“Who Is Jesus for Us Today?”  

This was the title of the sermon on September 9, 2018, by Rev. Timothy Hart-Andersen, Senior Pastor, Minneapolis’ Westminster Presbyterian Church. (A photograph of the church with its new addition is below.)

Biblical Texts for the Day

 Psalm 8 (NRSV):

“O Lord, our Sovereign,
how majestic is your name in all the earth!

You have set your glory above the heavens.
Out of the mouths of babes and infants
you have founded a bulwark because of your foes,
to silence the enemy and the avenger.

When I look at your heavens, the work of your fingers,
the moon and the stars that you have established;
what are human beings that you are mindful of them,
mortals that you care for them?

Yet you have made them a little lower than God,
and crowned them with glory and honor.
You have given them dominion over the works of your hands;
you have put all things under their feet,
all sheep and oxen,
and also the beasts of the field,
the birds of the air, and the fish of the sea,
whatever passes along the paths of the seas.”

“O Lord, our Sovereign,
how majestic is your name in all the earth!”

 John 1: 45-51 (NRSV):

“Philip found Nathanael and said to him, ‘We have found him about whom Moses in the law and also the prophets wrote, Jesus son of Joseph from Nazareth.’ Nathanael said to him, ‘Can anything good come out of Nazareth?’ Philip said to him, ‘Come and see.’ When Jesus saw Nathanael coming toward him, he said of him, ‘Here is truly an Israelite in whom there is no deceit!’ Nathanael asked him, ‘Where did you get to know me?’ Jesus answered, ‘I saw you under the fig tree before Philip called you.’ Nathanael replied, ‘Rabbi, you are the Son of God! You are the King of Israel!’ Jesus answered, ‘Do you believe because I told you that I saw you under the fig tree? You will see greater things than these.’ And he said to him, ‘Very truly, I tell you, you will see heaven opened and the angels of God ascending and descending upon the Son of Man.’”

 The Sermon[1]

 “The work of the Church is fundamentally a teaching task: asking questions, seeking answers, exploring possibilities – and then translating all of that into life between Sundays. . . .”

“Christianity is never settled for any of us, no matter our age or the extent of our involvement in church. The world is always changing. If our faith is not similarly dynamic, not living, not rising to the challenges we see all around us, not attuned to the context in which we live, it will slowly wither away. . . .”

“Actually there’s something appealing to the notion that what happens in churches can be hazardous to the status quo. Powerful worship is subversive; it wants to upend the dominant ethos. A church ought to be considered a place the world enters at its own risk. After all, we follow a Savior perceived to be such a serious threat that he was crucified.”

“But the Church is not only what happens inside these walls for a few hours each week. . . . Church mostly happens the rest of the week, out there. We – you and I – are the Church when we leave here and go out into the world. . . . “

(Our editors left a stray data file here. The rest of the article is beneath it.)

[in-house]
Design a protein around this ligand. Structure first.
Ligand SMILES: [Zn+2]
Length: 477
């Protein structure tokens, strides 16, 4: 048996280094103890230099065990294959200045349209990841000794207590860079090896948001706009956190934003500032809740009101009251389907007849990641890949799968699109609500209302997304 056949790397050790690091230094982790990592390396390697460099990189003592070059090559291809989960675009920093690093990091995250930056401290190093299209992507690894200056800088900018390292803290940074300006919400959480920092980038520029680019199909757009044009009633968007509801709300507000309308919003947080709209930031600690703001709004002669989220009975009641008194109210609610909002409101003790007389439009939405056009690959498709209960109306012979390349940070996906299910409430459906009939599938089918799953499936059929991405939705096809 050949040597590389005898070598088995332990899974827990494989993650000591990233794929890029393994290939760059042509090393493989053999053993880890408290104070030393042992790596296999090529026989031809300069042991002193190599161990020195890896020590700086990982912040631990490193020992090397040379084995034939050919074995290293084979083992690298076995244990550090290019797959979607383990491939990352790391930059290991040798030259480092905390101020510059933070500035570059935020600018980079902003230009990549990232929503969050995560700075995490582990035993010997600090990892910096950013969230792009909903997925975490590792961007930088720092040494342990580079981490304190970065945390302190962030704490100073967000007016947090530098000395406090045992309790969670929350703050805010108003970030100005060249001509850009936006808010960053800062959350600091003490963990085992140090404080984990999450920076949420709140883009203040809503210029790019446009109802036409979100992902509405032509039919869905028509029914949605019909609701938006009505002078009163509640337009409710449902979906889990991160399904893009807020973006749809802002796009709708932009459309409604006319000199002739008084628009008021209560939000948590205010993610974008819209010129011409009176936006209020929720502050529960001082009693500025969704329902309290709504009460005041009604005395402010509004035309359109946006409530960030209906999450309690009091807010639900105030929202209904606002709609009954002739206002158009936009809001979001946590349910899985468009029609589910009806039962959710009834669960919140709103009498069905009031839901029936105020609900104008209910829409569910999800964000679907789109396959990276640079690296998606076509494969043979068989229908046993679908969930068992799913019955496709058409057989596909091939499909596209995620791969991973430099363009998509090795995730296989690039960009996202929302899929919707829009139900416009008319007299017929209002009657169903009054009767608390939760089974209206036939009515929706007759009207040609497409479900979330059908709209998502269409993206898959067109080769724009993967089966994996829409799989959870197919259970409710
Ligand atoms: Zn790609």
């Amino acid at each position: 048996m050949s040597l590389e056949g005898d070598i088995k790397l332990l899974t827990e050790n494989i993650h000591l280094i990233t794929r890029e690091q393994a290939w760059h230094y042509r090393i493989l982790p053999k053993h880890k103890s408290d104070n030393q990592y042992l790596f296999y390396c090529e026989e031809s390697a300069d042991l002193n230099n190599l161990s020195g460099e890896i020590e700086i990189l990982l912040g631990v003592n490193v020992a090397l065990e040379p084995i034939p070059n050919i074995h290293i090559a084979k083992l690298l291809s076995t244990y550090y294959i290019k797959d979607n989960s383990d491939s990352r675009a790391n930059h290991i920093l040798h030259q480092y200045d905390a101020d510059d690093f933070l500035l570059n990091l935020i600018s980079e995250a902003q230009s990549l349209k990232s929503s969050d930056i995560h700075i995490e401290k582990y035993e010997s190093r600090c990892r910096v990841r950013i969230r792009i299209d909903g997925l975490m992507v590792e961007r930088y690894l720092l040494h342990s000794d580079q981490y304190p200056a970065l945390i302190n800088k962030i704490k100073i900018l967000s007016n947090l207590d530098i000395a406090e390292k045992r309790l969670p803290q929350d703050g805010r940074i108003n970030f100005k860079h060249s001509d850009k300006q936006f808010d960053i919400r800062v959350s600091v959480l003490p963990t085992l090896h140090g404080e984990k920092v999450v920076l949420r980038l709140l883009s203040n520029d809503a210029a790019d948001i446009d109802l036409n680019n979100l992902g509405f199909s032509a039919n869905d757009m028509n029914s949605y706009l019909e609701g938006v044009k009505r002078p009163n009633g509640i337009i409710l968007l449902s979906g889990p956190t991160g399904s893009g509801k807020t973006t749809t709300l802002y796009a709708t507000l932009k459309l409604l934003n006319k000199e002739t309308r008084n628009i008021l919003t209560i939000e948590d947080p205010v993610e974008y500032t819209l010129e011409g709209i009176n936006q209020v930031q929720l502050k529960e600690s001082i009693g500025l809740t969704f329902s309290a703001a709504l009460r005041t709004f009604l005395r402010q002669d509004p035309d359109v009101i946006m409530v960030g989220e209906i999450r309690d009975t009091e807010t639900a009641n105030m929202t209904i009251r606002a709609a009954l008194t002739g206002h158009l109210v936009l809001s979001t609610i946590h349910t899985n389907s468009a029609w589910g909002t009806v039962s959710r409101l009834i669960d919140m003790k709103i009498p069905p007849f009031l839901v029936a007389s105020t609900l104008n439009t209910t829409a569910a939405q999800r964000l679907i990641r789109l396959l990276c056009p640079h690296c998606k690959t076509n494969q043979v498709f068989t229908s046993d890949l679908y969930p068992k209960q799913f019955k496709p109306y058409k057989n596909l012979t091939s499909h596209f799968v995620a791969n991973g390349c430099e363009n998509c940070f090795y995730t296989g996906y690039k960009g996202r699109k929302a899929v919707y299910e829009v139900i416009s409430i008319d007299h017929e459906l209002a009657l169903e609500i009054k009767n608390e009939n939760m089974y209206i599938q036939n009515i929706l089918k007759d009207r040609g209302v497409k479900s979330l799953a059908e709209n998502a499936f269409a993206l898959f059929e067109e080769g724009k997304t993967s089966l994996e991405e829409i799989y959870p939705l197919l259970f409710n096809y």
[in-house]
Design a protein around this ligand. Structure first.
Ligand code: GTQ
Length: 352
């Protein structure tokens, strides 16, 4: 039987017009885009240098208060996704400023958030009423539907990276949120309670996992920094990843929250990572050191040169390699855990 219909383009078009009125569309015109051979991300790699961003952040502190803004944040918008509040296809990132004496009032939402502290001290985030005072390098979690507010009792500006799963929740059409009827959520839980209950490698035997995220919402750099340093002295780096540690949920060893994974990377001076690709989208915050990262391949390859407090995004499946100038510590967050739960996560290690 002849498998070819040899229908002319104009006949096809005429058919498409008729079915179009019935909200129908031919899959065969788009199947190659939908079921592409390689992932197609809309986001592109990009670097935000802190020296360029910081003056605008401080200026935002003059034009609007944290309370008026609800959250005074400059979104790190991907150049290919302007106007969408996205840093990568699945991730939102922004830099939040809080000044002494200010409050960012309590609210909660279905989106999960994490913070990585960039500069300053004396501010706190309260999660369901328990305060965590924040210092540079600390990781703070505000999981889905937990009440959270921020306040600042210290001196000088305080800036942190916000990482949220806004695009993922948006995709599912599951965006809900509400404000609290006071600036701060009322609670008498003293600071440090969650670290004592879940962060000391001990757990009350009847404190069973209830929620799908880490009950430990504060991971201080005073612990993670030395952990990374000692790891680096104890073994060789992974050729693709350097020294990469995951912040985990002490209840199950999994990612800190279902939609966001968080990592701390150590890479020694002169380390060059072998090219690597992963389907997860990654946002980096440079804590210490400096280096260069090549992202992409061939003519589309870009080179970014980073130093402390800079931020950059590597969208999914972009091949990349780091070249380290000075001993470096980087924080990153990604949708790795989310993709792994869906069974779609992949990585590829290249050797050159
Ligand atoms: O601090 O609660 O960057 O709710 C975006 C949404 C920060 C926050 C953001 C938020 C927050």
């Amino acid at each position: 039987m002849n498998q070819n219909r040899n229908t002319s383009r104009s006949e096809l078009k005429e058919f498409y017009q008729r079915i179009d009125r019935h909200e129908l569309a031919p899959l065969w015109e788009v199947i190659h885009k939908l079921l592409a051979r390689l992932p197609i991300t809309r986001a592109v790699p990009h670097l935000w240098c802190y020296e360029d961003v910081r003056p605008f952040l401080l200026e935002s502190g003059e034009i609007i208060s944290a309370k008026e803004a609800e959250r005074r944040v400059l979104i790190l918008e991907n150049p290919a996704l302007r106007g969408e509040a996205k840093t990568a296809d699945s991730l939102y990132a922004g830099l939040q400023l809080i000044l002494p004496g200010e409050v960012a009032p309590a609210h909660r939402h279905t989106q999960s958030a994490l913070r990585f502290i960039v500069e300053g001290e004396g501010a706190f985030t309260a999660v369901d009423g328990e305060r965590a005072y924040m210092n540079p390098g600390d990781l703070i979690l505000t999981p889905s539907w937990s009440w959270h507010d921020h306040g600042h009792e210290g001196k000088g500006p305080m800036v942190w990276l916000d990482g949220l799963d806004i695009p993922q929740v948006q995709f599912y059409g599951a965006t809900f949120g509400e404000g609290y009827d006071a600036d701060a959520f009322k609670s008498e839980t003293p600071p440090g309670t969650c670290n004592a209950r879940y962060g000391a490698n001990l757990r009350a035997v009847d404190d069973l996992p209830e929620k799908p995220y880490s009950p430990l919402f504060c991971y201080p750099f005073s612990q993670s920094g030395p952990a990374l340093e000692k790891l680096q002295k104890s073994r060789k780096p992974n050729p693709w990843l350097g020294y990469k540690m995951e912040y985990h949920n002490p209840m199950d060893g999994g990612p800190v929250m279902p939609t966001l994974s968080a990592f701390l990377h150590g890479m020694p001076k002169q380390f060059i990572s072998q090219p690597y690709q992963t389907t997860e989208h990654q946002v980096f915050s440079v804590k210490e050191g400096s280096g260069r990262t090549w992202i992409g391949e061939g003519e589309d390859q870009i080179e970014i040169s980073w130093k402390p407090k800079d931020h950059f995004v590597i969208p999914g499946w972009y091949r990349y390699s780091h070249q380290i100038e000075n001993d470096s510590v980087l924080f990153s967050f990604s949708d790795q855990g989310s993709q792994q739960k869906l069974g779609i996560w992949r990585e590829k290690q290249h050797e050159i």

“The faith we practice has always felt compelled to move out into the streets and ask, ‘What is God up to in this place and in this time?’ because we want to join that work. Call it public theology, or our witness in the world, or the pursuit of biblical justice – our faith has never wanted to sequester Jesus in the sanctuary, as if he might – we might – be sullied by the messy reality of what’s going on in the world around us.”

“We Come Together not to be sheltered in this sacred space, but, rather, to hear the call of God to go forth and be the Church. To do that, however, means we need to understand whom we follow out into those streets. . . .”

“The decision to follow Jesus, Professor Gail O’Day says, ‘Is inseparable from the decision one makes about Jesus’ identity.’ [New Interpreter’s Bible, vol. IX (Nashville: Abingdon Press, 1995) p. 534] . . . .”

“Who we think he is will determine the kind of Christians we become.”

“In the 1930s in Germany, the young pastor Dietrich Bonhoeffer found himself growing skeptical about the Jesus being preached in the churches of that land. As political rhetoric became more overtly racist and the culture increasingly supportive of extreme Aryan nationalism, most German Christian churches rolled over and acquiesced to all of that. They gave their Jesus over to the rising ideology of the times. It was expedient for them, convenient for them, to go along with the predominant and popular spirit of the land.”

“Bonhoeffer and his colleagues – Karl Barth, Martin Niemoller, and others – resisted, and some of them eventually paid for it with their lives. They wrote an affirmation of faith rejecting the distorted theology used to underpin racism and nationalism. They started an alternative church, called the Confessing Church, as opposed to the German Christian Church, which supported the ideology of the times.. They founded an underground seminary, as over against the schools of the German Christian Church, which taught theology that supported the direction the nation was moving. They preached and worked against the tide.”

“And behind all that work, according to Bonhoeffer, was a single, driving question: Who is Jesus Christ for us today? . . . .”

“Who is Jesus Christ for us today? That question will inform our worship at Westminster this fall, even as it informs our life as we move from this place out into the world . . . “